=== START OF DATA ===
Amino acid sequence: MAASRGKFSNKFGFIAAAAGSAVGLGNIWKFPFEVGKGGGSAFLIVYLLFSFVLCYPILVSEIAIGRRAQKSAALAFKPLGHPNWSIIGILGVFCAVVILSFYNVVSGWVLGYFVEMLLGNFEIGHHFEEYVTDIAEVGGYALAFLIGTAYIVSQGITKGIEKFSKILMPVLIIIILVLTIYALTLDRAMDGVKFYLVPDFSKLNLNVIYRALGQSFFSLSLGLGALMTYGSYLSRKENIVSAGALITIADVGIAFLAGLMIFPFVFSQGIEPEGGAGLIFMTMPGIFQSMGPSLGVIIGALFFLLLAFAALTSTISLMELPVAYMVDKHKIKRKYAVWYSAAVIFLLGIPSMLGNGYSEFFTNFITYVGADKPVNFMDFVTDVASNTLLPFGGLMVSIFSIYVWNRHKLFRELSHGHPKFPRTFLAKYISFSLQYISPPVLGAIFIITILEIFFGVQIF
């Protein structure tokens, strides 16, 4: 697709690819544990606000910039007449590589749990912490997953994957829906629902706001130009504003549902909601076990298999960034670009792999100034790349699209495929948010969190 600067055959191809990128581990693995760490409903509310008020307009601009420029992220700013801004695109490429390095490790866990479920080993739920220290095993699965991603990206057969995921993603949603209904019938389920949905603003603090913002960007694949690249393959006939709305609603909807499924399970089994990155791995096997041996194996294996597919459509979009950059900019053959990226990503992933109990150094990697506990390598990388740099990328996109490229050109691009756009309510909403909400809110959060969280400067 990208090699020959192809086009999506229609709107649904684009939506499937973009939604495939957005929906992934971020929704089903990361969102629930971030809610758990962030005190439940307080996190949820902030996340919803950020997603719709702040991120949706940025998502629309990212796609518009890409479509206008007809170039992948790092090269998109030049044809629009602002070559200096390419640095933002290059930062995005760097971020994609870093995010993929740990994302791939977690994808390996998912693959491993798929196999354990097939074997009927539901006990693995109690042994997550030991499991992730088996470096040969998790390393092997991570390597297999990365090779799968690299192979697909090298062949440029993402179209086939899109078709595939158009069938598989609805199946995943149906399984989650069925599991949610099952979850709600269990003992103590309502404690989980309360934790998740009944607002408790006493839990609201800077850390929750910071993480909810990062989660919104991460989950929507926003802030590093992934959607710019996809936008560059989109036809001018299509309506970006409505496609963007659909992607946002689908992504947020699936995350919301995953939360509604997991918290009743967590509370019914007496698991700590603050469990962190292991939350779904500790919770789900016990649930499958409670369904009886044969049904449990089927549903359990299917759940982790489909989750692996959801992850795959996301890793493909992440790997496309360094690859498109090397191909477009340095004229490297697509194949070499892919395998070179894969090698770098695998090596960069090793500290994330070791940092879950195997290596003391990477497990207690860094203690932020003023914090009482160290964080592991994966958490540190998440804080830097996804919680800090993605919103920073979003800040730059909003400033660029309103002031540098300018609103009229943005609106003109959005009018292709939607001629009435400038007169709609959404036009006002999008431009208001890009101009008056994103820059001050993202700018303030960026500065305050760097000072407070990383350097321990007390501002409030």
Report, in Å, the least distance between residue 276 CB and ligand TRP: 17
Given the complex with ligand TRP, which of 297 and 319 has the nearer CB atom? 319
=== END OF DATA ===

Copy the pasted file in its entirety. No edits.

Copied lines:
Amino acid sequence: MAASRGKFSNKFGFIAAAAGSAVGLGNIWKFPFEVGKGGGSAFLIVYLLFSFVLCYPILVSEIAIGRRAQKSAALAFKPLGHPNWSIIGILGVFCAVVILSFYNVVSGWVLGYFVEMLLGNFEIGHHFEEYVTDIAEVGGYALAFLIGTAYIVSQGITKGIEKFSKILMPVLIIIILVLTIYALTLDRAMDGVKFYLVPDFSKLNLNVIYRALGQSFFSLSLGLGALMTYGSYLSRKENIVSAGALITIADVGIAFLAGLMIFPFVFSQGIEPEGGAGLIFMTMPGIFQSMGPSLGVIIGALFFLLLAFAALTSTISLMELPVAYMVDKHKIKRKYAVWYSAAVIFLLGIPSMLGNGYSEFFTNFITYVGADKPVNFMDFVTDVASNTLLPFGGLMVSIFSIYVWNRHKLFRELSHGHPKFPRTFLAKYISFSLQYISPPVLGAIFIITILEIFFGVQIF
């Protein structure tokens, strides 16, 4: 697709690819544990606000910039007449590589749990912490997953994957829906629902706001130009504003549902909601076990298999960034670009792999100034790349699209495929948010969190 600067055959191809990128581990693995760490409903509310008020307009601009420029992220700013801004695109490429390095490790866990479920080993739920220290095993699965991603990206057969995921993603949603209904019938389920949905603003603090913002960007694949690249393959006939709305609603909807499924399970089994990155791995096997041996194996294996597919459509979009950059900019053959990226990503992933109990150094990697506990390598990388740099990328996109490229050109691009756009309510909403909400809110959060969280400067 990208090699020959192809086009999506229609709107649904684009939506499937973009939604495939957005929906992934971020929704089903990361969102629930971030809610758990962030005190439940307080996190949820902030996340919803950020997603719709702040991120949706940025998502629309990212796609518009890409479509206008007809170039992948790092090269998109030049044809629009602002070559200096390419640095933002290059930062995005760097971020994609870093995010993929740990994302791939977690994808390996998912693959491993798929196999354990097939074997009927539901006990693995109690042994997550030991499991992730088996470096040969998790390393092997991570390597297999990365090779799968690299192979697909090298062949440029993402179209086939899109078709595939158009069938598989609805199946995943149906399984989650069925599991949610099952979850709600269990003992103590309502404690989980309360934790998740009944607002408790006493839990609201800077850390929750910071993480909810990062989660919104991460989950929507926003802030590093992934959607710019996809936008560059989109036809001018299509309506970006409505496609963007659909992607946002689908992504947020699936995350919301995953939360509604997991918290009743967590509370019914007496698991700590603050469990962190292991939350779904500790919770789900016990649930499958409670369904009886044969049904449990089927549903359990299917759940982790489909989750692996959801992850795959996301890793493909992440790997496309360094690859498109090397191909477009340095004229490297697509194949070499892919395998070179894969090698770098695998090596960069090793500290994330070791940092879950195997290596003391990477497990207690860094203690932020003023914090009482160290964080592991994966958490540190998440804080830097996804919680800090993605919103920073979003800040730059909003400033660029309103002031540098300018609103009229943005609106003109959005009018292709939607001629009435400038007169709609959404036009006002999008431009208001890009101009008056994103820059001050993202700018303030960026500065305050760097000072407070990383350097321990007390501002409030």
Report, in Å, the least distance between residue 276 CB and ligand TRP: 17
Given the complex with ligand TRP, which of 297 and 319 has the nearer CB atom? 319